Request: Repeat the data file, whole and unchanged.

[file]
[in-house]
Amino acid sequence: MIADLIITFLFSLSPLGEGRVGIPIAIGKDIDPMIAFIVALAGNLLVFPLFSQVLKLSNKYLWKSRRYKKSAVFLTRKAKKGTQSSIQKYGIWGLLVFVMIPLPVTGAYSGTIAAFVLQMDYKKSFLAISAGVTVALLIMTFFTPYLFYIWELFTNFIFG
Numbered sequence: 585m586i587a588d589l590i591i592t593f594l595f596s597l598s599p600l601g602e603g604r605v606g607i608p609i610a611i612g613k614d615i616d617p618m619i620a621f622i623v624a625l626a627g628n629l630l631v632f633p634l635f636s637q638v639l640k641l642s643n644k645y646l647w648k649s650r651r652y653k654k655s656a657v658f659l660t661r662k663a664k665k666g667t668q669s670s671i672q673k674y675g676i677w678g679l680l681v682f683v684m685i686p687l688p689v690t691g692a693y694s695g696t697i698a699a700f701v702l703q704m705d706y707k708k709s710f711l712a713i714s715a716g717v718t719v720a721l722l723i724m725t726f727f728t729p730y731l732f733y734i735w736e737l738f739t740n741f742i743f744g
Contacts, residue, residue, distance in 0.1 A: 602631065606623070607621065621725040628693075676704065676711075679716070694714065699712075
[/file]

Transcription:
[in-house]
Amino acid sequence: MIADLIITFLFSLSPLGEGRVGIPIAIGKDIDPMIAFIVALAGNLLVFPLFSQVLKLSNKYLWKSRRYKKSAVFLTRKAKKGTQSSIQKYGIWGLLVFVMIPLPVTGAYSGTIAAFVLQMDYKKSFLAISAGVTVALLIMTFFTPYLFYIWELFTNFIFG
Numbered sequence: 585m586i587a588d589l590i591i592t593f594l595f596s597l598s599p600l601g602e603g604r605v606g607i608p609i610a611i612g613k614d615i616d617p618m619i620a621f622i623v624a625l626a627g628n629l630l631v632f633p634l635f636s637q638v639l640k641l642s643n644k645y646l647w648k649s650r651r652y653k654k655s656a657v658f659l660t661r662k663a664k665k666g667t668q669s670s671i672q673k674y675g676i677w678g679l680l681v682f683v684m685i686p687l688p689v690t691g692a693y694s695g696t697i698a699a700f701v702l703q704m705d706y707k708k709s710f711l712a713i714s715a716g717v718t719v720a721l722l723i724m725t726f727f728t729p730y731l732f733y734i735w736e737l738f739t740n741f742i743f744g
Contacts, residue, residue, distance in 0.1 A: 602631065606623070607621065621725040628693075676704065676711075679716070694714065699712075